By JAN LARSON McLAUGHLIN BG Independent News Bowling Green officials hope to save on mowing expenses and provide wildlife habitat all in one plan. Instead of mowing the open grassy areas surrounding the solar field on Carter Road, city officials are suggesting that the acreage become a pollinator habitat. The Board of Public Utilities was presented with the proposal Monday evening by Brian O’Connell, director of public utilities for Bowling Green. While mowing the 12 acres around the solar field doesn’t require a lot of time, it is an expense the city could avoid, O’Connell said. Daryl Stockburger, assistant utilities director, began looking for ways to reduce maintenance and enhance the solar site. He talked with representatives of the U.S. Fish & Wildlife Service about a grant to help convert the grassy areas into a pollinator habitat as part of the Great Lakes Restoration Initiative in the Maumee Area of Concern. The habitat restoration would increase native habitat – such as vegetation, migratory birds and bees – and improve water quality in the watershed, O’Connell said. An agreement would likely require a commitment by the city to allow the pollinator habitat to remain for possibly five to 10 years. That would not be a problem, O’Connell said, since the solar contract has a longer term and there are few options for the narrow strips of land outside the solar field. It has been suggested that the Wood County Park District could maintain the habitat restoration area over the life of the grant. The project could provide educational opportunities for the park district, Bowling Green State University, Bowling Green City Schools, and the city. The planting of the 12 acres, which are on the north and south sides of the solar field, would begin in 2018. O’Connell explained that none of the plantings would grow tall enough to shade the solar panels. The board of public utilities supported the proposal. “Taking scrub land we have to cut, and planting flowers,” Matt Paquette said, sounded good to him. Megan Newlove called the idea a “creative solution.” According to the U.S. Fish & Wildlife Service, all non-native vegetation will be removed and replaced by native shrubs, grasses and wildflowers. The plants will provide foraging habitat for songbirds and pollinators like Monarch butterflies and bumblebees. The habitat is critical to brood rearing for migratory waterfowl, while reducing storm water runoff, standing water and erosion. The project will directly address the loss of wildlife habitat for multiple species of native Ohio wildlife. Also, wind and water erosion and the amount of sediments entering the watershed will be reduced, and deep-rooted plants will remove nutrients that impact fish and macroinvertebrate populations.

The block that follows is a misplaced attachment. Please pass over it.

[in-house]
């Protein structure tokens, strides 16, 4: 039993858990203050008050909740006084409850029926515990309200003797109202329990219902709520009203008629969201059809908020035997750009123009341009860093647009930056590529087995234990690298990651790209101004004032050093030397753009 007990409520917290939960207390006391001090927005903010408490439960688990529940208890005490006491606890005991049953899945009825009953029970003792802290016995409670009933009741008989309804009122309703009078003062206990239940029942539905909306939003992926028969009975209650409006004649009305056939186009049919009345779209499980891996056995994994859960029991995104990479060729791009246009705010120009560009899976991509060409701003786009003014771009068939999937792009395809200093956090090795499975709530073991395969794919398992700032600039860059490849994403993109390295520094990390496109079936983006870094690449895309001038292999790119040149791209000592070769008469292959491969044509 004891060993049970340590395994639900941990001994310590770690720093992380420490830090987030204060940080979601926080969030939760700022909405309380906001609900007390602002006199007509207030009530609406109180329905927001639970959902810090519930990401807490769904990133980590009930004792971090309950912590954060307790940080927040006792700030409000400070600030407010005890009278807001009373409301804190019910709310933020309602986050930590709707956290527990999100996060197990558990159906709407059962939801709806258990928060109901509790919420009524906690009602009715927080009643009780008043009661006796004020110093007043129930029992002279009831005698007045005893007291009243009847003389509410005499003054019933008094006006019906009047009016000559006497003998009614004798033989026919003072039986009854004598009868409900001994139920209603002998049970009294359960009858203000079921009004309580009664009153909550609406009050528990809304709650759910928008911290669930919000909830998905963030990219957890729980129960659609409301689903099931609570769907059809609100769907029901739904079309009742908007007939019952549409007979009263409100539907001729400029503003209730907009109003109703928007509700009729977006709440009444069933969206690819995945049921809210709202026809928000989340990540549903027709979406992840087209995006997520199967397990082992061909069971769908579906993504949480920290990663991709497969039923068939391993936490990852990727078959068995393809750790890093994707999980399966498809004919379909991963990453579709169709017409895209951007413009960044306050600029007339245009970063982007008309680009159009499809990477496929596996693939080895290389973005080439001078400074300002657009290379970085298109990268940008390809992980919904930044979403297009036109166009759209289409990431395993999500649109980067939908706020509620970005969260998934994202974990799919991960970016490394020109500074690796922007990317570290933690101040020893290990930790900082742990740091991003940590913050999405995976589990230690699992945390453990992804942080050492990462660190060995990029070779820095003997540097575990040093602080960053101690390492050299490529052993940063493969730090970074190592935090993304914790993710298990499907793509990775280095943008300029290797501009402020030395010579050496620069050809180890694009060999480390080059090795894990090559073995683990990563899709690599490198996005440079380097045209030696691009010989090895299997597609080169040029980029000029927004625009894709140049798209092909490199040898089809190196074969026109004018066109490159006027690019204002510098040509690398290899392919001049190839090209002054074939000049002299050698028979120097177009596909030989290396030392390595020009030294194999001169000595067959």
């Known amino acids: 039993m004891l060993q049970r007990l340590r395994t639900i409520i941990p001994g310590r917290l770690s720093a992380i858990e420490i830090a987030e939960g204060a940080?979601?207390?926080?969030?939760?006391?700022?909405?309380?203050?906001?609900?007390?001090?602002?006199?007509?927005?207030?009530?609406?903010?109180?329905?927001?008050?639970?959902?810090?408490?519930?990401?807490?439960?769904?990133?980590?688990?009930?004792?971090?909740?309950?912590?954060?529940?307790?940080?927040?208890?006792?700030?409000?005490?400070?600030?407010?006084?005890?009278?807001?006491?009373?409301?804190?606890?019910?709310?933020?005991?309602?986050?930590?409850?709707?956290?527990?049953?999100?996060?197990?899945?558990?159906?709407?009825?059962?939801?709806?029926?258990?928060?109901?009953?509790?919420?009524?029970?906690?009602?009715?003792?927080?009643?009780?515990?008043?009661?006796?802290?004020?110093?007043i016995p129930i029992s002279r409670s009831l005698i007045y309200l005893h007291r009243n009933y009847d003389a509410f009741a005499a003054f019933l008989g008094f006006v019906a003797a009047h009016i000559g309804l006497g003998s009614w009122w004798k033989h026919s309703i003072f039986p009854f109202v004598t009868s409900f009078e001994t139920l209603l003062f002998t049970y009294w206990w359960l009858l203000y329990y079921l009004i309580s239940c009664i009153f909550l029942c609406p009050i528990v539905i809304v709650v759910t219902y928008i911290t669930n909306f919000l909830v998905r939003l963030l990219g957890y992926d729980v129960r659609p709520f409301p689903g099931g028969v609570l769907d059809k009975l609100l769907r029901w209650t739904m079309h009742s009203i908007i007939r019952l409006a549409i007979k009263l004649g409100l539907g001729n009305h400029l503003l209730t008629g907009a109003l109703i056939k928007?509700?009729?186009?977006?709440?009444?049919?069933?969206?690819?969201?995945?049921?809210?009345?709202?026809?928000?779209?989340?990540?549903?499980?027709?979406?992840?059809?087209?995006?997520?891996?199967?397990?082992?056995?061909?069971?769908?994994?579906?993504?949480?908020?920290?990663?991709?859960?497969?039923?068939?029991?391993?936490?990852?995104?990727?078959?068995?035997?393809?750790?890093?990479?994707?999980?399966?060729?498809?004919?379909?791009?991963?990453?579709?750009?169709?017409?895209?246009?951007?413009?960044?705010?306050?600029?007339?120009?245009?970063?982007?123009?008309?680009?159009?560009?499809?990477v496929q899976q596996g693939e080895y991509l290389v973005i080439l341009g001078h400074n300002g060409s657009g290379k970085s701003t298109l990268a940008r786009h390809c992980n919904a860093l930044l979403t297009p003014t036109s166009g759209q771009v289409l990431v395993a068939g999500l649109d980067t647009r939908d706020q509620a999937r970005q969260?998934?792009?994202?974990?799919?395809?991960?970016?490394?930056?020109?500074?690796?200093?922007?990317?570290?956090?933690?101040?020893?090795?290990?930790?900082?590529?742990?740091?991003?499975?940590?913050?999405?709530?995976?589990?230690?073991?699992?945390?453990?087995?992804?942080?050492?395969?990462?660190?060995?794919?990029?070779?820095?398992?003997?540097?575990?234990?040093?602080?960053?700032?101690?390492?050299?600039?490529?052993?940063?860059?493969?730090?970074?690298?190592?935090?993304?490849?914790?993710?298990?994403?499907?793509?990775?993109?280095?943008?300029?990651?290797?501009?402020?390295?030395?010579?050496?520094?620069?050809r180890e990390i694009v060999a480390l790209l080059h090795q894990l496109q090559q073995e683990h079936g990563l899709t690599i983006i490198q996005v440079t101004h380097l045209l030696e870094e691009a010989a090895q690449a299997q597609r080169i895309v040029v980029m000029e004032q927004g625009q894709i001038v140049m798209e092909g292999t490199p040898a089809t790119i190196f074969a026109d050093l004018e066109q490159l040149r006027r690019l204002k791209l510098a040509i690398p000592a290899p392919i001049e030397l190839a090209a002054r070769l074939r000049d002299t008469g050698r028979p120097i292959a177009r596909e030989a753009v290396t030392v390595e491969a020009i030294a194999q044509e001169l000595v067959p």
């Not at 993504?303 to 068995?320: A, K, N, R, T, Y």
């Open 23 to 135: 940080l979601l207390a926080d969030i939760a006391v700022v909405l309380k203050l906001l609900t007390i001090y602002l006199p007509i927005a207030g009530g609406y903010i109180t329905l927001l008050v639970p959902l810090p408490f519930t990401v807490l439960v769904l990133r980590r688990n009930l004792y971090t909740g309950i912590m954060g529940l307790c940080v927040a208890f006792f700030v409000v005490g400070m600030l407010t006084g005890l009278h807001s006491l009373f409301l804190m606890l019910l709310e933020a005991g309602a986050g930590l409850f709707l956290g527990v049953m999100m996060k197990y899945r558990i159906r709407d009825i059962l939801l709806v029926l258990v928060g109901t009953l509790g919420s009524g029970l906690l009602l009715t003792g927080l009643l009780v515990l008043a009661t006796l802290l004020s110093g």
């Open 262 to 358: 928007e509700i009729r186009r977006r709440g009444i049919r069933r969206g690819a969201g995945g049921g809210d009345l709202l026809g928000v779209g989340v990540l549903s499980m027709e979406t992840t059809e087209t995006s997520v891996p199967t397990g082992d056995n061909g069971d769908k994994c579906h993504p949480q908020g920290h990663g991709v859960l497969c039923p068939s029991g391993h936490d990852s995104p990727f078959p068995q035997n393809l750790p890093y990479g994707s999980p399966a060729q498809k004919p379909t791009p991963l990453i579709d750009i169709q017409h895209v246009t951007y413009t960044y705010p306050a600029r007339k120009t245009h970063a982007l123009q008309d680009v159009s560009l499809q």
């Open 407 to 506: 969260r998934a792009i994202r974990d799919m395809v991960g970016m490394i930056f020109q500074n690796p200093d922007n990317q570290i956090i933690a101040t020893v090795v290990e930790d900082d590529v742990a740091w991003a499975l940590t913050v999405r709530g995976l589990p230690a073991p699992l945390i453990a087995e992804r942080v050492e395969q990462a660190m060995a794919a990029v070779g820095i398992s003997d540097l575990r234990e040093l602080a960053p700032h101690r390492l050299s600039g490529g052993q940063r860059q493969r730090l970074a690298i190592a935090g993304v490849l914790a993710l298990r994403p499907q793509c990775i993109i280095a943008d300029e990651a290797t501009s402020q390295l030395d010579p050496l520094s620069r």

By JAN LARSON McLAUGHLIN BG Independent News It was not only humans who were displaced by Hurricane Harvey near Houston last month. Some four-legged residents of Texas found themselves shipped up to Bowling Green after the hurricane flooded much of the Houston area. Twenty-four dogs arrived at the Wood County Humane Society in Bowling Green last week. Half have already found homes here. The dogs came from a shelter in the Houston area – they are not dogs who were separated from their owners by the hurricane. “As is customary, they emptied out the existing shelter to make room for ones that are found or wandering,” after the storm, said Megann Smith, administrative assistant at the Wood County Humane Society. “None of these are dogs that people are looking for,” she said. “These guys already needed homes.” Smith realizes that some may be critical of the local humane society for taking in dogs from across the country. There are plenty of dogs in Wood County to help. “That is true,” she said. “But we go where animals need help,” Smith said. “Obviously, this is a very special situation.” The dogs were transported to Ohio by an organization that steps in when crises like the hurricane occur. Smith acknowledged that the immediate addition of 24 more dogs at the shelter was a challenge. “We had all hands on deck here,” she said. The shelter relied on some temporary crates and some foster families to take care of the new additions. “These animals don’t know they’re in Ohio,” she said. Besides, there may come a time when Wood County Humane Society needs help handling pets displaced by a crisis, Smith added. “It’s just about helping the animals.” The dogs are all mixed breeds, including six puppies that are likely pit bull-Rottweiler mixes. “It helps that they’re cute,” Smith said holding one of the 5-week-old pups. One of the dogs from Texas was just adopted on Friday. Smith referred to it as a “Heinz 57 – a true mutt.” The new owner decided to name his new dog “Cane,” with Hurricane Harvey in mind. Two of the dogs are heartworm positive and will require treatment, said April McCurdy, behavior and training coordinator at the Wood County Humane Society. All of the dogs will be seen by the shelter’s veterinarian, receive vaccines and be spayed or neutered before going up for adoption. The Wood County Humane Society has a mission of providing treatment and care to all animals in the county while trying to find homes for the ones that do not have them. For more information on adopting or volunteering, see: http://www.woodcountyhumanesociety.org.